Thursday, January 15, 2009

U.S. Banks Still in Trouble--and Obama Has a Mess on His Hands

Sources: Financial Times, Bank Shares Plunge on Wall Street; Washington Post, Continued Bank Losses Complicate U.S. Rescue; New York Times, Bank of America May Receive More Bailout Money; New York Times, JPMorgan Reports Slim Profit in Tough Quarter

Predictions that 2009 could be a worse year for banks than 2008 was are ringing true so far this week. Bank of America’s market price plunged on Thursday morning as calls for government intervention grew louder, and several firms are announcing worse-than-expected losses in 2008’s fourth-quarter.

Even JPMorgan’s “good” news did not help the situation in the markets. The firm announced that its fourth-quarter losses were not as bad as analysts had feared—and reported a $702 million profit in what many analysts predicted would be the toughest quarter of the year. JPMorgan still has many challenges to overcome, most notably related to orchestrating two complex mergers at once (Bear Stearns and Washington Mutual).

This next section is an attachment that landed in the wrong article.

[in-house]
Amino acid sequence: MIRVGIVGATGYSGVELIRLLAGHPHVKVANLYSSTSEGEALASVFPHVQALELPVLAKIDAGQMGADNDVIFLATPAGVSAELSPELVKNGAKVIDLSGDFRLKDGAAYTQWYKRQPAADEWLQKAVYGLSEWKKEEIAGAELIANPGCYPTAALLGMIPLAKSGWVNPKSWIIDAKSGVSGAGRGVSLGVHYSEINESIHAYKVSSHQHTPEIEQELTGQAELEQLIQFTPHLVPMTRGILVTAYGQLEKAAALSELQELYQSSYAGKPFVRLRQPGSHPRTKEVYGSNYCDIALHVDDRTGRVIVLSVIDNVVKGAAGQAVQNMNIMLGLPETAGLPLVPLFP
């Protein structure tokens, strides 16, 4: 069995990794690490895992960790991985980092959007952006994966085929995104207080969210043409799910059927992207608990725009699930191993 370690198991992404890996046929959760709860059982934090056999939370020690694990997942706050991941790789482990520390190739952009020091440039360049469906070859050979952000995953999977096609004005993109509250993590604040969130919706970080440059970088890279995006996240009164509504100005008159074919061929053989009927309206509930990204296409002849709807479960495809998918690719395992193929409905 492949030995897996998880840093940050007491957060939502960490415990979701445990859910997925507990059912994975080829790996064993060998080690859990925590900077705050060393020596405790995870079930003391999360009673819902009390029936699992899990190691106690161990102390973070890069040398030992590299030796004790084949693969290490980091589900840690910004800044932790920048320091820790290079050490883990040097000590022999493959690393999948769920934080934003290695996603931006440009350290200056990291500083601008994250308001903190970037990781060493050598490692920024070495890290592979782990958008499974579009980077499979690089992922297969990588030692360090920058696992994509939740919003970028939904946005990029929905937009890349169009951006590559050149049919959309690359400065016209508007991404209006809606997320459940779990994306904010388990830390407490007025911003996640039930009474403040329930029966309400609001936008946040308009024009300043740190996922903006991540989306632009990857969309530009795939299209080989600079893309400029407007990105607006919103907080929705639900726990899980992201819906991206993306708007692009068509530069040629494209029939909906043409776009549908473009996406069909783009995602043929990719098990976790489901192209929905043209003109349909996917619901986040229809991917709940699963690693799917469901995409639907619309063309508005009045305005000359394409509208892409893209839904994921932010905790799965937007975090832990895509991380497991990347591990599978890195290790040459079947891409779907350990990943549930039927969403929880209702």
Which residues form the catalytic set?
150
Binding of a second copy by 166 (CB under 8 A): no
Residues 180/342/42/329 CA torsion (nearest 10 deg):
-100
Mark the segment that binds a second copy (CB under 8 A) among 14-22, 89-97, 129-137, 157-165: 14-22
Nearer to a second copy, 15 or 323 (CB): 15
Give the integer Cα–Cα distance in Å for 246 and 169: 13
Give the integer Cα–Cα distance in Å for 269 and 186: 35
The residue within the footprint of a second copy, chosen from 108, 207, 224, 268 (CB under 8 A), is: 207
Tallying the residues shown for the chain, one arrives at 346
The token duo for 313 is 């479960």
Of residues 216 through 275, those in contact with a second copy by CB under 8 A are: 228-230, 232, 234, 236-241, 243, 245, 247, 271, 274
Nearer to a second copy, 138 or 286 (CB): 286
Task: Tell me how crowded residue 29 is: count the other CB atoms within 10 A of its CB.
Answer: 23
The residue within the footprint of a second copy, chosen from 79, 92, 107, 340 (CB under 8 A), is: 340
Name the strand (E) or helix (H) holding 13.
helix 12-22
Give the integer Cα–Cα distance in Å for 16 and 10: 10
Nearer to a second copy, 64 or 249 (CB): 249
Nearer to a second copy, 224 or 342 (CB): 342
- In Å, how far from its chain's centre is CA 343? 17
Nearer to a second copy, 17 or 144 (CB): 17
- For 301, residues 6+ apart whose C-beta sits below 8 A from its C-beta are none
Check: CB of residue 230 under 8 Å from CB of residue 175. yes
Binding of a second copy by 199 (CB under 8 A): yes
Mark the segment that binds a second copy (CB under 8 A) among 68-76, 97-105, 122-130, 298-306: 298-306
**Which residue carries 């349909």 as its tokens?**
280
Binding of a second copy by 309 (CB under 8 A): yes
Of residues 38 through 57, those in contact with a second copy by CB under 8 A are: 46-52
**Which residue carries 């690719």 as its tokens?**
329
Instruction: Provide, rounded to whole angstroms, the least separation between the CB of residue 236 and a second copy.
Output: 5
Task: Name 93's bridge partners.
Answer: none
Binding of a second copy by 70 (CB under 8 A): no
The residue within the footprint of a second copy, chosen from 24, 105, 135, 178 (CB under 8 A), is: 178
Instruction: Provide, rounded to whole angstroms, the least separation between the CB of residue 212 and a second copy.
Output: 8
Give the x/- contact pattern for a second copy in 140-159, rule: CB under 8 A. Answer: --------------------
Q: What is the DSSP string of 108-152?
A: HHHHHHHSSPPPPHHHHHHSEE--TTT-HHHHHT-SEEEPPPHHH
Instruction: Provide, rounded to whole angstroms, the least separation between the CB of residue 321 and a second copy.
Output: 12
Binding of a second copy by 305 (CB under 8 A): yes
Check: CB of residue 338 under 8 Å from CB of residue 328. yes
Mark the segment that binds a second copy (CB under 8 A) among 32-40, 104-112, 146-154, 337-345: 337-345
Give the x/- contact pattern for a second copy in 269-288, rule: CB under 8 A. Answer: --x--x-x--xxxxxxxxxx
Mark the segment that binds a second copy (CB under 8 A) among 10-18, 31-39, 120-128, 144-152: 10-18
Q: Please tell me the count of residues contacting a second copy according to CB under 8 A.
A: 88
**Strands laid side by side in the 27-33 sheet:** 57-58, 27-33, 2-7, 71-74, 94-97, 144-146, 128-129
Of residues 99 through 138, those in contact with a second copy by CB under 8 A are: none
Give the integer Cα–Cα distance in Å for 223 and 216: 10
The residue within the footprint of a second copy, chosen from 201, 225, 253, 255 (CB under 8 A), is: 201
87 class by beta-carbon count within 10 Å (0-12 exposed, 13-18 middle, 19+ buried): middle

That major banks are still in trouble and wreaking havoc in the global markets is bad news for the incoming Obama administration, who had publicized plans to allocate what remains of the $700-billion bailout (which Congress passed in October 2008) to aid struggling small businesses, homeowners, and municipalities. The first part of the bailout program funding went to replacing the money that major financial institutions lost in 2008—but with those firms reporting worse-than-expected fourth-quarter losses, many of them are looking to the government for another round of help. Obama advisors are planning on devoting the second half of the original bailout and an $850-billion stimulus package to restoring health to financial markets and the slumping economy.

Congress has yet to approve the last half of the bailout for TARP (Troubled Asset Relief Program), despite the Obama administration’s urging it to do so. Many lawmakers are upset over the Bush administration’s management of the program; the Senate is set to vote on the measure today. Meanwhile, members of Obama’s administration are working on a way to overhaul the management of the global financial system.

Questions for discussion:

Do you think major financial institutions, which have already received hundreds of billions of dollars in federal aid, should receive additional bailout money? Will a stimulus package aimed at consumers and small businesses be more useful? Where is the money going to have the biggest impact?

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